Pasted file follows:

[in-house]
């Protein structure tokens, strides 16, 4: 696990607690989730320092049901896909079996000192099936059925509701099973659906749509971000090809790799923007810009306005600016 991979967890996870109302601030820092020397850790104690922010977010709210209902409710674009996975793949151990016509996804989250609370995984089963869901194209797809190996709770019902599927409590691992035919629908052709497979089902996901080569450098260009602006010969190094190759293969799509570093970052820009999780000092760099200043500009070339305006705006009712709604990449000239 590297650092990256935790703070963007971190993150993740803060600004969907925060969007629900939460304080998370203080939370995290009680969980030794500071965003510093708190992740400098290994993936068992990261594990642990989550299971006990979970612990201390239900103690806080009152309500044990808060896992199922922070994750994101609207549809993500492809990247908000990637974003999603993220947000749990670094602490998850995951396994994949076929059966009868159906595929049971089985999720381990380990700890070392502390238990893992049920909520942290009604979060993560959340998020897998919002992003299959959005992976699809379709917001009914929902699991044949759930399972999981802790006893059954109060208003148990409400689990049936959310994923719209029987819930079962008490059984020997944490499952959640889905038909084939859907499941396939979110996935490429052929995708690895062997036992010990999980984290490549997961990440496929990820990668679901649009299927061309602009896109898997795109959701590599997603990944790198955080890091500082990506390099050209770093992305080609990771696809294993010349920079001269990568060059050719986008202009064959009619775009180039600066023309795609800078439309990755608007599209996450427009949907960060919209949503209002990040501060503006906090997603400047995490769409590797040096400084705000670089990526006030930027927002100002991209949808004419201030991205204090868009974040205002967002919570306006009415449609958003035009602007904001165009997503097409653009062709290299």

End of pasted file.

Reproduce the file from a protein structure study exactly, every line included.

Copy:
[in-house]
């Protein structure tokens, strides 16, 4: 696990607690989730320092049901896909079996000192099936059925509701099973659906749509971000090809790799923007810009306005600016 991979967890996870109302601030820092020397850790104690922010977010709210209902409710674009996975793949151990016509996804989250609370995984089963869901194209797809190996709770019902599927409590691992035919629908052709497979089902996901080569450098260009602006010969190094190759293969799509570093970052820009999780000092760099200043500009070339305006705006009712709604990449000239 590297650092990256935790703070963007971190993150993740803060600004969907925060969007629900939460304080998370203080939370995290009680969980030794500071965003510093708190992740400098290994993936068992990261594990642990989550299971006990979970612990201390239900103690806080009152309500044990808060896992199922922070994750994101609207549809993500492809990247908000990637974003999603993220947000749990670094602490998850995951396994994949076929059966009868159906595929049971089985999720381990380990700890070392502390238990893992049920909520942290009604979060993560959340998020897998919002992003299959959005992976699809379709917001009914929902699991044949759930399972999981802790006893059954109060208003148990409400689990049936959310994923719209029987819930079962008490059984020997944490499952959640889905038909084939859907499941396939979110996935490429052929995708690895062997036992010990999980984290490549997961990440496929990820990668679901649009299927061309602009896109898997795109959701590599997603990944790198955080890091500082990506390099050209770093992305080609990771696809294993010349920079001269990568060059050719986008202009064959009619775009180039600066023309795609800078439309990755608007599209996450427009949907960060919209949503209002990040501060503006906090997603400047995490769409590797040096400084705000670089990526006030930027927002100002991209949808004419201030991205204090868009974040205002967002919570306006009415449609958003035009602007904001165009997503097409653009062709290299």